Great Advisers Stay Simple
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Great Advisers Stay Simple

June 18, 2018

by Tony Vidler  CFP logo   CLU logo  ChFC logo

keep it simpleOne of my favourite quotes of all time is by Einstein:

If you cannot explain it simply then you do not understand it well enough

and nowhere is this more true than in providing advice in complex areas. Great advisers stay simple when handling complex matters.


It is not easy staying simple…in fact it is a lot harder than most people realise.


As advisers move into more complex technical areas there is a strong tendency to become more technically focussed in how they approach client problems.  This becomes a barrier to getting client engagement, and certainly becomes a barrier to moving as far as providing recommendations.  We see it frequently in holistic financial planning and investment advisory work, but nowhere is it more graphically illustrated in financial services than in the area of advising upon business insurance.


Certainly a business insurance specialist needs to have great technical skill and knowledge in insurance, and a wide understanding of commercial and estate planning issues and structures if they are to be valuable to their clients.  There is no doubt in my own mind that the higher the professional development, and the greater the experience in working with business clients, and the greater the experience an adviser has in their own business, the more effective and valuable they become to clients in this challenging arena.


The great advisers that I have seen working in these highly complex fields though have become great by staying simple in their communications with clients and centres of influence.  They are certainly not simple in the sense of their level of technical competence or commercial nous – far from it.  However they are basic in how they begin to approach a complex case.  They begin with simplicity, and work hard with their exemplary skills and knowledge to ensure the case remains as simple as possible for the client throughout the engagement.


In fact, the great advisers focus upon creating and asking great questions which demonstrate their mastery of the key issues, rather than talking about the issues or teaching prospects.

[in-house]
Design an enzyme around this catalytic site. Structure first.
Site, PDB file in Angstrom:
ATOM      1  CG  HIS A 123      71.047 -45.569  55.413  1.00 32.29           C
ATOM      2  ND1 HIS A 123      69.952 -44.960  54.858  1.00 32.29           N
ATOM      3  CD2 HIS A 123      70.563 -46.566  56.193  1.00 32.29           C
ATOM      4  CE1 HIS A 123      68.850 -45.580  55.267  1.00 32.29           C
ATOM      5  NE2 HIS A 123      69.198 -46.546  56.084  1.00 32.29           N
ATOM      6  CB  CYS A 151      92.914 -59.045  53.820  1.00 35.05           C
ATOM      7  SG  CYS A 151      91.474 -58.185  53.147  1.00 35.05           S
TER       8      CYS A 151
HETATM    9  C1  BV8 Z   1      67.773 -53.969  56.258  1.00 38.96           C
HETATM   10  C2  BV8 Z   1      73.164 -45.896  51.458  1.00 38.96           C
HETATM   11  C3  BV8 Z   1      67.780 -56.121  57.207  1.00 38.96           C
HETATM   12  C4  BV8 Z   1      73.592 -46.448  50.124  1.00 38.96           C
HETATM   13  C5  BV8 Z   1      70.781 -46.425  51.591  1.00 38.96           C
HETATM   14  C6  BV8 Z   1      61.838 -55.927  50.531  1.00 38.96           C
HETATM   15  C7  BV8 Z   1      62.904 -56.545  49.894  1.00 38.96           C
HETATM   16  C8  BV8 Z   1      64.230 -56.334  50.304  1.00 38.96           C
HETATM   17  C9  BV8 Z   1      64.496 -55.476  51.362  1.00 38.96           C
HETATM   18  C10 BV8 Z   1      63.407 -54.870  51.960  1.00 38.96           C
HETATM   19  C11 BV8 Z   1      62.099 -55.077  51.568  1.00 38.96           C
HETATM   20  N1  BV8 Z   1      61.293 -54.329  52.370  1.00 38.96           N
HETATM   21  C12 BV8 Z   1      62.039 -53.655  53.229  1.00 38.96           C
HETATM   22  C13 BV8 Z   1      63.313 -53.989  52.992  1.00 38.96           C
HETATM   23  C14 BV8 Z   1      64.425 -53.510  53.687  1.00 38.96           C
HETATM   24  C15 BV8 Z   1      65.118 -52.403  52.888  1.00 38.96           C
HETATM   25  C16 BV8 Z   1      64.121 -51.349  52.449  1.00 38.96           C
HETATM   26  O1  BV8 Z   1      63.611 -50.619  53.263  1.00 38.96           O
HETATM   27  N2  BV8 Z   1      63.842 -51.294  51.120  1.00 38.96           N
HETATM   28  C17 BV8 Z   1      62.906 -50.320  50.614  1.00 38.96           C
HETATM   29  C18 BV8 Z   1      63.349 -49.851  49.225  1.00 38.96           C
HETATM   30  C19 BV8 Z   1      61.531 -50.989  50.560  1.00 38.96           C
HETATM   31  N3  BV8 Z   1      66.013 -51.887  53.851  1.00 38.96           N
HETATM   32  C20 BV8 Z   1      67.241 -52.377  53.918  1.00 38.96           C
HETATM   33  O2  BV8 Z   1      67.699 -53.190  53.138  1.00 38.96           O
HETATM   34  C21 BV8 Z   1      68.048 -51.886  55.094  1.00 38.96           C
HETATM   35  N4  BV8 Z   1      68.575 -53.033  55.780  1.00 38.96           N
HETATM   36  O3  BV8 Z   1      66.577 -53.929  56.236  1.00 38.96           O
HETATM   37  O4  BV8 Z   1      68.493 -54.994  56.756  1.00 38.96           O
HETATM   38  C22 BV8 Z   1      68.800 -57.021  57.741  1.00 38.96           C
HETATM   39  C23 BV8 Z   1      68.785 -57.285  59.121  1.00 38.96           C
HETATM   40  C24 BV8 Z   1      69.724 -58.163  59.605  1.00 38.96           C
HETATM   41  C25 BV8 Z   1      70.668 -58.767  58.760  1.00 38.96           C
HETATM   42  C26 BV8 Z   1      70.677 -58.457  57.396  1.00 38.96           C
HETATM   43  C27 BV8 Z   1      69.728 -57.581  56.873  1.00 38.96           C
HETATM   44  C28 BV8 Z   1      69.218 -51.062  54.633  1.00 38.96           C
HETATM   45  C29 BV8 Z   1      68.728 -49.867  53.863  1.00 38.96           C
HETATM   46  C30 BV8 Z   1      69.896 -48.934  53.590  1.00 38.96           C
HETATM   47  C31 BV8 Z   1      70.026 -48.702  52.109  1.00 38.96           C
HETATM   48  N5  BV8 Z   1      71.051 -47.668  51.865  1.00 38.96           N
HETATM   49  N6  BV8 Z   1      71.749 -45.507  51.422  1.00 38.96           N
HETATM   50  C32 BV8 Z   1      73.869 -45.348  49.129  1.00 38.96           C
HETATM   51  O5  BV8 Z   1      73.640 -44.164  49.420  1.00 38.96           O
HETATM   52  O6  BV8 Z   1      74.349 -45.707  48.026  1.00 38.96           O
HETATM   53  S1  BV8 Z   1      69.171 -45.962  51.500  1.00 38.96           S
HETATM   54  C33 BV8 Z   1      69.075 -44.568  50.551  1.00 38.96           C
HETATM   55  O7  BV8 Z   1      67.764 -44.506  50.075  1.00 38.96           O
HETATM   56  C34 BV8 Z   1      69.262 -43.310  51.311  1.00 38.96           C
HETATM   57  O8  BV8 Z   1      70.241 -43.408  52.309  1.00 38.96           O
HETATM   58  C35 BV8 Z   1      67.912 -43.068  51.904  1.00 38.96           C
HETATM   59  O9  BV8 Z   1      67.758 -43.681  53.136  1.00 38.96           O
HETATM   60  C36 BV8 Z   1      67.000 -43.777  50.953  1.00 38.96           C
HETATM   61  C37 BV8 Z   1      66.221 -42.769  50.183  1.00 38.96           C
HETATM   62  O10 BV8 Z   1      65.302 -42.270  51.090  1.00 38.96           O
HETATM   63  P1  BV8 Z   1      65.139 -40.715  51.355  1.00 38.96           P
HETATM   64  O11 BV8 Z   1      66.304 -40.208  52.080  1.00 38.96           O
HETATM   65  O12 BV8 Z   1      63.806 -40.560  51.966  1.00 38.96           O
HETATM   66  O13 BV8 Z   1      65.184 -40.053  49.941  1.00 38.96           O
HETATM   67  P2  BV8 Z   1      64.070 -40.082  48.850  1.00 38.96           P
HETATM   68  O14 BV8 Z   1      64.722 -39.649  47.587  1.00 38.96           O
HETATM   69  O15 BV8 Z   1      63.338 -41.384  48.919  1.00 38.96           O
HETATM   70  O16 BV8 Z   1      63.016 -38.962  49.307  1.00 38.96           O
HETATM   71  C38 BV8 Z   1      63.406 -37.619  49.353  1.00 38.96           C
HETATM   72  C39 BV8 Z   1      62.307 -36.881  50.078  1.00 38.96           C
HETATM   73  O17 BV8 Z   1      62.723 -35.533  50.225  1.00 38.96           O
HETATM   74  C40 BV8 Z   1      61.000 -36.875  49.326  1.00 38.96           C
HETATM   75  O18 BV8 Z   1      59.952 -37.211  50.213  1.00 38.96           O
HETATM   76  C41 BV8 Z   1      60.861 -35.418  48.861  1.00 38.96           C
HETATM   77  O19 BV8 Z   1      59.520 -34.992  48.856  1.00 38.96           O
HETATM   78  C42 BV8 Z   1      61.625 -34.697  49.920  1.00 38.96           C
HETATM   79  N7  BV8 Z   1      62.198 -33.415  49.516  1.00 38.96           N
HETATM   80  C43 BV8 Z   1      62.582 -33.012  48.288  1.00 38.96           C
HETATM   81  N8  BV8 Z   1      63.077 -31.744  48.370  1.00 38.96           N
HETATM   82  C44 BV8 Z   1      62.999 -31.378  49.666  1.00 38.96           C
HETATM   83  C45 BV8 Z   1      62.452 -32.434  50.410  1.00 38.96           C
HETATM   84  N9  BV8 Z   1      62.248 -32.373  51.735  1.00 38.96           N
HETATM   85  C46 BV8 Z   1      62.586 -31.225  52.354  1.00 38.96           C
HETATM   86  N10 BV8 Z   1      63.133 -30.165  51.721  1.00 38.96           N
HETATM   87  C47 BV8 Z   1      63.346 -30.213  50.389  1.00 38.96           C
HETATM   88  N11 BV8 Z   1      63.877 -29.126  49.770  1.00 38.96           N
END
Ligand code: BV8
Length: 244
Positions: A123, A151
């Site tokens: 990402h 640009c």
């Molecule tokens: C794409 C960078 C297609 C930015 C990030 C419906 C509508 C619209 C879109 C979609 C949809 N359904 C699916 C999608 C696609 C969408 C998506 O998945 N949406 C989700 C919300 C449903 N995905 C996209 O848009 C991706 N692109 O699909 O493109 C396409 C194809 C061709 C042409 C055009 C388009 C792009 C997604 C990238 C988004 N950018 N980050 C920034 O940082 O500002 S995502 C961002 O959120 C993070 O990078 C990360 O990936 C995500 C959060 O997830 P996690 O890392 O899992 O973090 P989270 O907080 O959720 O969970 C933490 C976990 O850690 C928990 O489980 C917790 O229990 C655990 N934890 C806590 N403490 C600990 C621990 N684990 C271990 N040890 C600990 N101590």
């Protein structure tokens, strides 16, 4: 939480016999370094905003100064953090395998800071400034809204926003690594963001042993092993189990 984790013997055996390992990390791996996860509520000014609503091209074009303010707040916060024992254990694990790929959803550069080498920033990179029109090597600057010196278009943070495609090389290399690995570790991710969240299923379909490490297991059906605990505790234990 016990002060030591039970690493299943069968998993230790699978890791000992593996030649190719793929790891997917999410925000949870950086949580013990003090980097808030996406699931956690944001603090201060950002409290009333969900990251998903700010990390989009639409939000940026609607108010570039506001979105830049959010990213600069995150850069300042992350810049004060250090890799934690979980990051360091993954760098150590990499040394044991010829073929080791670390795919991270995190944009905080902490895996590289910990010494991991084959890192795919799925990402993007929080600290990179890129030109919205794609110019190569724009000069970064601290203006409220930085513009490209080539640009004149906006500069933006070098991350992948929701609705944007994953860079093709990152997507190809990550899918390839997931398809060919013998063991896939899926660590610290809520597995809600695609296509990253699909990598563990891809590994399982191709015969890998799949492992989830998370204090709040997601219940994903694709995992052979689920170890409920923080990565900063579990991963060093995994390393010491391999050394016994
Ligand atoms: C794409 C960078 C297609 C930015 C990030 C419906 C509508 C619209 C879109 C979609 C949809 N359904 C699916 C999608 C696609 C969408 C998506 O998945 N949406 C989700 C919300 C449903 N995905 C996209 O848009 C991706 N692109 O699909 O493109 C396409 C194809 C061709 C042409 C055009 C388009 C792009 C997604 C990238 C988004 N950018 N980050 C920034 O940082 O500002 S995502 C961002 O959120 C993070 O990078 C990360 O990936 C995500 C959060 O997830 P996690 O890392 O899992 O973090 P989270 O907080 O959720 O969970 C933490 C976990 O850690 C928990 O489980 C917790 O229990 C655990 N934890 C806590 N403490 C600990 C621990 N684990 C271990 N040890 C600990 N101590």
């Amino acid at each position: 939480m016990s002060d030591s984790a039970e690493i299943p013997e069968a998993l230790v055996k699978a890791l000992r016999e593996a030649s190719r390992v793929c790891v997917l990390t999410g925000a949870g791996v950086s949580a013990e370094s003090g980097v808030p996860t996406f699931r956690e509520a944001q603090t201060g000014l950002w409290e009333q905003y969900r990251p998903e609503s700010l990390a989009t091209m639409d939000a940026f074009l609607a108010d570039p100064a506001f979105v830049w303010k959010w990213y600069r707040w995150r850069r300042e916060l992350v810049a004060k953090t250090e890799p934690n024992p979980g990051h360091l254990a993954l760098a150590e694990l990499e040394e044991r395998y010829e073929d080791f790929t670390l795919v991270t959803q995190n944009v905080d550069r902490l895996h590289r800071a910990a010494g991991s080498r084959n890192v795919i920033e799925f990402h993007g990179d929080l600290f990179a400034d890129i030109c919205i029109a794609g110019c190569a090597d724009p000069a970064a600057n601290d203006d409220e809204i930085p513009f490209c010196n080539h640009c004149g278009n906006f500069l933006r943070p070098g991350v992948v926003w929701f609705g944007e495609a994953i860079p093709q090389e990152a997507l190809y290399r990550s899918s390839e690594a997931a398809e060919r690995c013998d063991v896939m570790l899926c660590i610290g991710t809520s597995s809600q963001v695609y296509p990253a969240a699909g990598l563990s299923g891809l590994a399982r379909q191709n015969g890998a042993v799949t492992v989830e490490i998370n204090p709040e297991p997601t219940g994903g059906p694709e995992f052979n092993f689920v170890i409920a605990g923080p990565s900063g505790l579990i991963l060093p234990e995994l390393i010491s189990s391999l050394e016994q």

Using business insurance as an example, here is a sampling of good questions that actually get to the heart of the issues and choices quickly, and demonstrate mastery without letting too much information get in the way of the engagement to begin with:

1.  What is your business interest worth to you personally in the way of earnings and capital growth?

2.  What is your business interest worth to your family, or your estate?

3.  How is that value going to get to them if you aren’t here to manage the transition from equity to cash-out?

4.  What are the things that could prevent you being able to manage the growth and cash-out the way you want, when you want?


There you have it.

No lectures…no presentations on solutions or product spiels….no actively disturbing the client with doom & gloom stories or boring statistics.


Such a process demonstrates a clear understanding of where the business is most likely to fit into the clients personal world – it is about creating the life, retirement or estate they want – and then working quickly to understand what has been considered (or not), what has been done (or not) and what needs to be thought about moving forward.


It is about having a conversation centred upon the clients feelings, desires, plans and aspirations.  It is never about demonstrating your technical prowess at the front end, it is about demonstrating that you understand what matters by being able to ask simple questions – and then being able to provide simple thoughts and suggestions on how to begin resolving those very complex problems.


Great advisers are great because they introduce simplicity and reduce complex problems down to their basic components.  They are great because they understand the power simplicity  in an engagement.


You might also be interested in this related article:
Client Engagement: THE WIIFM Question Is Really 3 Questions
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